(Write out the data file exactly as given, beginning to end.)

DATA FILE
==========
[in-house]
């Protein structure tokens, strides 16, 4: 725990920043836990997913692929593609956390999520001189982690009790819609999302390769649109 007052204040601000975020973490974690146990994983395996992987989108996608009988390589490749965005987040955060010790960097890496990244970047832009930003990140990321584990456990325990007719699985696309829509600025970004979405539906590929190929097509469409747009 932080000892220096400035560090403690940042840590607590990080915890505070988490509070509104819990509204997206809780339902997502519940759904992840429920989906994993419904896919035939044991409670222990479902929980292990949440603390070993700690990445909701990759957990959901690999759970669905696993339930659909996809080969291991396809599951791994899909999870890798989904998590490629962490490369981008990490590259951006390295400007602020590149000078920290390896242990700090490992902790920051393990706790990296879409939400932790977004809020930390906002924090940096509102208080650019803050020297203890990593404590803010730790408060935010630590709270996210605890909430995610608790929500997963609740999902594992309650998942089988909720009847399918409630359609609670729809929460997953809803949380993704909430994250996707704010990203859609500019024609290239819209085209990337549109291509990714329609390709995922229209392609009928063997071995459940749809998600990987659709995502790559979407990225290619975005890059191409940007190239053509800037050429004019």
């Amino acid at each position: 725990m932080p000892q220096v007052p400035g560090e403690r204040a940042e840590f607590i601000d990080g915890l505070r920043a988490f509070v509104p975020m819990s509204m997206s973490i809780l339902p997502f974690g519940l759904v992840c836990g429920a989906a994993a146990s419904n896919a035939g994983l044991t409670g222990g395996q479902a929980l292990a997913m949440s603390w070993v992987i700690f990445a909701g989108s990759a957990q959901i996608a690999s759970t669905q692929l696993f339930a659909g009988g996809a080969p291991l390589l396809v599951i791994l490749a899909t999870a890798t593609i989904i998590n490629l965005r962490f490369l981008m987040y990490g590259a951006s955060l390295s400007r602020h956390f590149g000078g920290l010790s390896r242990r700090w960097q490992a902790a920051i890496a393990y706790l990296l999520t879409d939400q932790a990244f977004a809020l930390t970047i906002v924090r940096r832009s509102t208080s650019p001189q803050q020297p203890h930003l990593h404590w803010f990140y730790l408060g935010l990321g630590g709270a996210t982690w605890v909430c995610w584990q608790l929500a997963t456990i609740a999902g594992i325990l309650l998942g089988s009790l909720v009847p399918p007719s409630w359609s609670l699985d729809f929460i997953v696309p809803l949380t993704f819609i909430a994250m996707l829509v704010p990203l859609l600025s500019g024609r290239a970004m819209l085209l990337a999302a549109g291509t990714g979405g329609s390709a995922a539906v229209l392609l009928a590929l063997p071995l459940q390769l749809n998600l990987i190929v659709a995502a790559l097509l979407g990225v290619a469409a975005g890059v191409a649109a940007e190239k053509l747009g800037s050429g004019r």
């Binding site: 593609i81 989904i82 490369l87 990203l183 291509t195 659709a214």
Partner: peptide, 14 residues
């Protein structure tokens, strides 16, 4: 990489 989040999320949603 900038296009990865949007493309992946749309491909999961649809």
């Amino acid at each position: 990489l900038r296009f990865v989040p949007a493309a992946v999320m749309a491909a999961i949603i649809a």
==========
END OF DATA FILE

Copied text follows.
[in-house]
């Protein structure tokens, strides 16, 4: 725990920043836990997913692929593609956390999520001189982690009790819609999302390769649109 007052204040601000975020973490974690146990994983395996992987989108996608009988390589490749965005987040955060010790960097890496990244970047832009930003990140990321584990456990325990007719699985696309829509600025970004979405539906590929190929097509469409747009 932080000892220096400035560090403690940042840590607590990080915890505070988490509070509104819990509204997206809780339902997502519940759904992840429920989906994993419904896919035939044991409670222990479902929980292990949440603390070993700690990445909701990759957990959901690999759970669905696993339930659909996809080969291991396809599951791994899909999870890798989904998590490629962490490369981008990490590259951006390295400007602020590149000078920290390896242990700090490992902790920051393990706790990296879409939400932790977004809020930390906002924090940096509102208080650019803050020297203890990593404590803010730790408060935010630590709270996210605890909430995610608790929500997963609740999902594992309650998942089988909720009847399918409630359609609670729809929460997953809803949380993704909430994250996707704010990203859609500019024609290239819209085209990337549109291509990714329609390709995922229209392609009928063997071995459940749809998600990987659709995502790559979407990225290619975005890059191409940007190239053509800037050429004019």
């Amino acid at each position: 725990m932080p000892q220096v007052p400035g560090e403690r204040a940042e840590f607590i601000d990080g915890l505070r920043a988490f509070v509104p975020m819990s509204m997206s973490i809780l339902p997502f974690g519940l759904v992840c836990g429920a989906a994993a146990s419904n896919a035939g994983l044991t409670g222990g395996q479902a929980l292990a997913m949440s603390w070993v992987i700690f990445a909701g989108s990759a957990q959901i996608a690999s759970t669905q692929l696993f339930a659909g009988g996809a080969p291991l390589l396809v599951i791994l490749a899909t999870a890798t593609i989904i998590n490629l965005r962490f490369l981008m987040y990490g590259a951006s955060l390295s400007r602020h956390f590149g000078g920290l010790s390896r242990r700090w960097q490992a902790a920051i890496a393990y706790l990296l999520t879409d939400q932790a990244f977004a809020l930390t970047i906002v924090r940096r832009s509102t208080s650019p001189q803050q020297p203890h930003l990593h404590w803010f990140y730790l408060g935010l990321g630590g709270a996210t982690w605890v909430c995610w584990q608790l929500a997963t456990i609740a999902g594992i325990l309650l998942g089988s009790l909720v009847p399918p007719s409630w359609s609670l699985d729809f929460i997953v696309p809803l949380t993704f819609i909430a994250m996707l829509v704010p990203l859609l600025s500019g024609r290239a970004m819209l085209l990337a999302a549109g291509t990714g979405g329609s390709a995922a539906v229209l392609l009928a590929l063997p071995l459940q390769l749809n998600l990987i190929v659709a995502a790559l097509l979407g990225v290619a469409a975005g890059v191409a649109a940007e190239k053509l747009g800037s050429g004019r």
């Binding site: 593609i81 989904i82 490369l87 990203l183 291509t195 659709a214």
Partner: peptide, 14 residues
């Protein structure tokens, strides 16, 4: 990489 989040999320949603 900038296009990865949007493309992946749309491909999961649809």
């Amino acid at each position: 990489l900038r296009f990865v989040p949007a493309a992946v999320m749309a491909a999961i949603i649809a």